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Characterization of Three Genes Located in a 4.0-KB Fragment Within the MID Gene Cluster of Rhizobium SP Strain TAL1145

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Title:Characterization of Three Genes Located in a 4.0-KB Fragment Within the MID Gene Cluster of Rhizobium SP Strain TAL1145
Authors:Anamizu, Joy N.P.
Contributors:Borthakur, Dulal (advisor)
Molecular Biosciences & Bioengineering (department)
Date Issued:Dec 2002
Publisher:University of Hawaii at Manoa
Abstract:Rhizobium sp. strain TAL1145 is a soil bacterium that forms nitrogen-fixing root nodules on the tree-legume, Leucaena leucocephala. Leucaena produces a toxic non-protein amino acid, known as mimosine, which is also released in root exudates. Rhizobium sp. TAL1145 can degrade mimosine and use it as a source of carbon and nitrogen. The genes for mimosine degradation (mid genes) in TAL1145 have been recently isolated. The mid genes are located in two clusters within a 25-kb DNA fragment in the TAL1145 chromosome. The aim of this investigation is to identify and characterize the genes in a 4.0-kb EcoRI fragment nestled between the mid and pyd gene clusters and to determine their role in mimosine degradation and symbiosis. Sequencing of this fragment showed four open reading frames (ORFs). ORF1 is 503 bp long and it may encode a 17.6-kDa protein of unknown function. The ORF2-encoded protein may be a 1-aminocyclopropane-1-carboxylate deaminase (ACC demaminase), which might be involved in converting ACC sequestered from plants into ammonia and a-ketobutyrate. ACC is a precursor in the synthesis of ethylene by plant roots. By degrading ACC, the enzyme ACC deaminase may reduce ethylene production in the plant root system. The ORF3- and ORF4-encoded proteins have high homology with the small and large subunits of alkyl hydroperoxide reductase of several organisms. These proteins may be involved in protecting Rhizobium from oxidative damage during growth in the soil environment. Knockout mutants of TAL1145 were isolated by Tn3Hogus transposon insertion into ORF2 and ORF4. Results of this study indicate that these genes are not involved in mimosine degradation. However, the role of Rhizobium sp. TAL1145 may not be limited to just a symbiotic nitrogen fixer, but may also enhance root development in Leucaena by inhibiting ethylene production.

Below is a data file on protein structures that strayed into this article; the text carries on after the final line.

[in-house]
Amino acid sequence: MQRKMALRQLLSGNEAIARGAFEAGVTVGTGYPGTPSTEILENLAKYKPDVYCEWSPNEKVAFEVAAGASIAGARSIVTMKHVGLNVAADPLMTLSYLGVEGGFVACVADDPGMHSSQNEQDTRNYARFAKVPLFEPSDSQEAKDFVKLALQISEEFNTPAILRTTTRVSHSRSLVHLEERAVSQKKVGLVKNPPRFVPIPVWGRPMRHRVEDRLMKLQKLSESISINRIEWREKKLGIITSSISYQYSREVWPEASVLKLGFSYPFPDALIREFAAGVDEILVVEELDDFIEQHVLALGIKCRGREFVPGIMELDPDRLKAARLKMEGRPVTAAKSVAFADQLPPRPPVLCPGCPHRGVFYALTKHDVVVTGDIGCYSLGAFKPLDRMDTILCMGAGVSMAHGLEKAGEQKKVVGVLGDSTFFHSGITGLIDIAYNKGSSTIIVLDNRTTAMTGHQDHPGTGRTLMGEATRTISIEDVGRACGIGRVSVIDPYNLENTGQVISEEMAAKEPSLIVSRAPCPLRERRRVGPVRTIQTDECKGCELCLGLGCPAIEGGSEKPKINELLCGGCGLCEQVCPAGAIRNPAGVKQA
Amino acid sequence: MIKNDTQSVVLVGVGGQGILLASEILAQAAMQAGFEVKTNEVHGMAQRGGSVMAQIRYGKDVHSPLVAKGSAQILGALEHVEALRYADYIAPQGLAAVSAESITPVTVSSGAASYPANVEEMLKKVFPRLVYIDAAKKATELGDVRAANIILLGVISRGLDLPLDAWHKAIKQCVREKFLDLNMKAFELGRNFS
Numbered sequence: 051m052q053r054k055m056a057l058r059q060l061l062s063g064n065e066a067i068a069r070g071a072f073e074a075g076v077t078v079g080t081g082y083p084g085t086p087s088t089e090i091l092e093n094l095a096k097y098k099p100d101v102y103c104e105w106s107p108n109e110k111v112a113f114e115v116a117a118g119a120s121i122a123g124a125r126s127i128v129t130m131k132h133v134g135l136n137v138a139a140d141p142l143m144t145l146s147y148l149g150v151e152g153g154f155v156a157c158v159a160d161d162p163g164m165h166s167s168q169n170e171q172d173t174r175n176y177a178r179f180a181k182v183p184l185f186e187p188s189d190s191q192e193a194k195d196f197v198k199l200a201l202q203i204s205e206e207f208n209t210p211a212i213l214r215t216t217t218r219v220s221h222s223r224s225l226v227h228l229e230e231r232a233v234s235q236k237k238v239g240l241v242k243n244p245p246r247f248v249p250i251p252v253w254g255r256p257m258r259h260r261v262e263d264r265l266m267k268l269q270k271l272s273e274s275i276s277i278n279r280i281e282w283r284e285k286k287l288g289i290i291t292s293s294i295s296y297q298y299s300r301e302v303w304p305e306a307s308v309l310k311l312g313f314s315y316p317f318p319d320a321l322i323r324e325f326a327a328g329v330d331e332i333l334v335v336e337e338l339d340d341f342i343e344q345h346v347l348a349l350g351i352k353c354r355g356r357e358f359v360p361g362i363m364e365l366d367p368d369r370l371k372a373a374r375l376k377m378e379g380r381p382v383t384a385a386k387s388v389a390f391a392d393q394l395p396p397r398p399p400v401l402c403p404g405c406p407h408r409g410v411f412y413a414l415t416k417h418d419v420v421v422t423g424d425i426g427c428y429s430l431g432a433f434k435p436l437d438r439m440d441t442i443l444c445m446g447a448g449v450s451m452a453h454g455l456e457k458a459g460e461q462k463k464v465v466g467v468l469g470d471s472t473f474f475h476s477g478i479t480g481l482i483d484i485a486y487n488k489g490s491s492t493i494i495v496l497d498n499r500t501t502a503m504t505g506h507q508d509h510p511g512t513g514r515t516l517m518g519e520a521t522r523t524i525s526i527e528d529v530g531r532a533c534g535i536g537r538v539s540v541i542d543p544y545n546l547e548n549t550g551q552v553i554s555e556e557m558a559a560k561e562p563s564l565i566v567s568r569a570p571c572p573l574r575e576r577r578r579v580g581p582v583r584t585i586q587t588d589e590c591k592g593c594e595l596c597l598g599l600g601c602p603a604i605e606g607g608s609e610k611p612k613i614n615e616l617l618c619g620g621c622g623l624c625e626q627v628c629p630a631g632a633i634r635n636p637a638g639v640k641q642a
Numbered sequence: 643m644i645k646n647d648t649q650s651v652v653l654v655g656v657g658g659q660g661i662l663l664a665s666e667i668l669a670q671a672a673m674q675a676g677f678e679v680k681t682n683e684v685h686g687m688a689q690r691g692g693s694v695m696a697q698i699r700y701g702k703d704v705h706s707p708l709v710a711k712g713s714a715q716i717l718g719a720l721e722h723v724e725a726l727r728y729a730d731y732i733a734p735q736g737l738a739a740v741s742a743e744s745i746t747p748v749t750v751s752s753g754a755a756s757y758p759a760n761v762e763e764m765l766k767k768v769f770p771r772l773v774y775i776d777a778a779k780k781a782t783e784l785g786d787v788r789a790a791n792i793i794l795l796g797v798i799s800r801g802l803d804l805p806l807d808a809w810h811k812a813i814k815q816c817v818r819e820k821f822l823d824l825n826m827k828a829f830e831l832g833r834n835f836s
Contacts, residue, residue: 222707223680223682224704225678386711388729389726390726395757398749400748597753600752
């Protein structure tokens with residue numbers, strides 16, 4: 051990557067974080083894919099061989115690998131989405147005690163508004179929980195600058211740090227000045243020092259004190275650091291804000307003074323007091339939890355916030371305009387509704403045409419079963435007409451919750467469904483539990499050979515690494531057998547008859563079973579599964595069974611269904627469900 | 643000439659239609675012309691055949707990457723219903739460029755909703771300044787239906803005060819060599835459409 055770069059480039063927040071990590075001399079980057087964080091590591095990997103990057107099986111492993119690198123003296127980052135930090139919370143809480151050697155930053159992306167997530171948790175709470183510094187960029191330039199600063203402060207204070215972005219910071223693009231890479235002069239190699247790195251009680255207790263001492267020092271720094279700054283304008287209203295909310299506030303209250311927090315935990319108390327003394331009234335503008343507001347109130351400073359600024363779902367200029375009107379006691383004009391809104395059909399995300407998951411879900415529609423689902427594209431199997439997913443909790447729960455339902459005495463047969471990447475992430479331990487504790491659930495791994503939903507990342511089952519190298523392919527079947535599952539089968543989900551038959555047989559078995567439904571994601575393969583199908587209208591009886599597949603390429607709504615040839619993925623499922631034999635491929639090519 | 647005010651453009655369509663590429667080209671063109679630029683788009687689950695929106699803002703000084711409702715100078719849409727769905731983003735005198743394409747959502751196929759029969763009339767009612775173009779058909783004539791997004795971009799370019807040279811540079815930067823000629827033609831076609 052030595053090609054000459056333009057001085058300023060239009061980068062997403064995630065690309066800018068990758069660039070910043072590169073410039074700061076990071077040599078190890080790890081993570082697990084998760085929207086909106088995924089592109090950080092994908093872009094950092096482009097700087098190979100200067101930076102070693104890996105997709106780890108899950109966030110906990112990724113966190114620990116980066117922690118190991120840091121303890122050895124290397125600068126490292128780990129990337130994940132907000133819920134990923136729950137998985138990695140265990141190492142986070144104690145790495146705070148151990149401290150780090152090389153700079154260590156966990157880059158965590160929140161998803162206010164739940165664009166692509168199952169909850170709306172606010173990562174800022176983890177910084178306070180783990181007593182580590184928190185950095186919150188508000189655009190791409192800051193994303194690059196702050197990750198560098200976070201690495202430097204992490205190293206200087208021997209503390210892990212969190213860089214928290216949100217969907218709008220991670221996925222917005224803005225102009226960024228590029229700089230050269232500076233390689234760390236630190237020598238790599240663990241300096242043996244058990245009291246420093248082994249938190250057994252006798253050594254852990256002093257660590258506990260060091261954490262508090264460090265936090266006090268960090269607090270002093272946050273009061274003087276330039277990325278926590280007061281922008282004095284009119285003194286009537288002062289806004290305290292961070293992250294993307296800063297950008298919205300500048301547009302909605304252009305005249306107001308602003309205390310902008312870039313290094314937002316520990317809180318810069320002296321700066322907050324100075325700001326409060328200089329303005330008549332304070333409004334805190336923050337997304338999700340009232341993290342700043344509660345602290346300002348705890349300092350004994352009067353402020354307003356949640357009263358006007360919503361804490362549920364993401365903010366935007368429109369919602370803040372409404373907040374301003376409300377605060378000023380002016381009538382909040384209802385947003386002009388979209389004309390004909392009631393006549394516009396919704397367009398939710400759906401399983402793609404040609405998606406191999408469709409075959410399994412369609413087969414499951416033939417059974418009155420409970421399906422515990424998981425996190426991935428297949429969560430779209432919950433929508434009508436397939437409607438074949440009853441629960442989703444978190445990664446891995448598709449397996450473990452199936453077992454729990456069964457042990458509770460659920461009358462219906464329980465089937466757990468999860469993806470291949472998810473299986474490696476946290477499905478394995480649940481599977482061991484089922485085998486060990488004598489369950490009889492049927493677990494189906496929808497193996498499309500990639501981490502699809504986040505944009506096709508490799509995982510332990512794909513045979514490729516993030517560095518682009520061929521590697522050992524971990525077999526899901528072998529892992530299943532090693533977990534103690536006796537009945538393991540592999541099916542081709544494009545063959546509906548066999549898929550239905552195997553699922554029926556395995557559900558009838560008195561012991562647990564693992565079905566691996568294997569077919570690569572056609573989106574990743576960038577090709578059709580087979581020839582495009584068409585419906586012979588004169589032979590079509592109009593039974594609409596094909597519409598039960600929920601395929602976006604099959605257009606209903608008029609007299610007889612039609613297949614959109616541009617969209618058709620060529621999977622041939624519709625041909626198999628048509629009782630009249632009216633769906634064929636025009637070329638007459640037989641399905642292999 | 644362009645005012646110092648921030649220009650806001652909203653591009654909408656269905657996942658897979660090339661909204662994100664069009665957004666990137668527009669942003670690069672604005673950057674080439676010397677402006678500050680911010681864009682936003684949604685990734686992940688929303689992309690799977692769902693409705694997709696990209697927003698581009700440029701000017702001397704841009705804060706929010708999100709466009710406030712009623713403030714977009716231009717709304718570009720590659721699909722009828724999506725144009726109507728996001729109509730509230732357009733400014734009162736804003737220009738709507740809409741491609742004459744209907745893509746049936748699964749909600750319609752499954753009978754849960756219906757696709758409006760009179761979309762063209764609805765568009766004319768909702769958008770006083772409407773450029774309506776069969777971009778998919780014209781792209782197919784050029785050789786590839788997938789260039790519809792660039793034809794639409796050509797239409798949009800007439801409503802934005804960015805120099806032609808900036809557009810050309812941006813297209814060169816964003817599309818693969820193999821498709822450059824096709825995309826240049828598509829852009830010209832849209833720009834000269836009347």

Description:ix, 90 leaves
Rights:All UHM dissertations and theses are protected by copyright. They may be viewed from this source for any purpose, but reproduction or distribution in any format is prohibited without written permission from the copyright owner.
Appears in Collections: M.S. - Molecular Biosciences and Bioengineering

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